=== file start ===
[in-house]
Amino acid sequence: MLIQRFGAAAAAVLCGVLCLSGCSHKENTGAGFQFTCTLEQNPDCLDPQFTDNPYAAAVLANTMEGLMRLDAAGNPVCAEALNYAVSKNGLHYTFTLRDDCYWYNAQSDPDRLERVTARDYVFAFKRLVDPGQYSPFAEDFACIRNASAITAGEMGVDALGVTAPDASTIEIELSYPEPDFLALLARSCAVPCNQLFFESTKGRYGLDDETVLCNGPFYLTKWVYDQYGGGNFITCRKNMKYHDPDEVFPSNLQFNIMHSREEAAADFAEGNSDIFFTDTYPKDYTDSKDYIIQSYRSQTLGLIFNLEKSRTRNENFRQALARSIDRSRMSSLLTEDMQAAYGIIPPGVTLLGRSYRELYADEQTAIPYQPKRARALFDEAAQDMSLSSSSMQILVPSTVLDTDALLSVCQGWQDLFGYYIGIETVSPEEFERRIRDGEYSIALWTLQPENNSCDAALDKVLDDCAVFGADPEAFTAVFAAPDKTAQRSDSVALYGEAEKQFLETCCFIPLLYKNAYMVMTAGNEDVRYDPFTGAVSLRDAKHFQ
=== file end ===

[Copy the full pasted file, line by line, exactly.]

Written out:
[in-house]
Amino acid sequence: MLIQRFGAAAAAVLCGVLCLSGCSHKENTGAGFQFTCTLEQNPDCLDPQFTDNPYAAAVLANTMEGLMRLDAAGNPVCAEALNYAVSKNGLHYTFTLRDDCYWYNAQSDPDRLERVTARDYVFAFKRLVDPGQYSPFAEDFACIRNASAITAGEMGVDALGVTAPDASTIEIELSYPEPDFLALLARSCAVPCNQLFFESTKGRYGLDDETVLCNGPFYLTKWVYDQYGGGNFITCRKNMKYHDPDEVFPSNLQFNIMHSREEAAADFAEGNSDIFFTDTYPKDYTDSKDYIIQSYRSQTLGLIFNLEKSRTRNENFRQALARSIDRSRMSSLLTEDMQAAYGIIPPGVTLLGRSYRELYADEQTAIPYQPKRARALFDEAAQDMSLSSSSMQILVPSTVLDTDALLSVCQGWQDLFGYYIGIETVSPEEFERRIRDGEYSIALWTLQPENNSCDAALDKVLDDCAVFGADPEAFTAVFAAPDKTAQRSDSVALYGEAEKQFLETCCFIPLLYKNAYMVMTAGNEDVRYDPFTGAVSLRDAKHFQ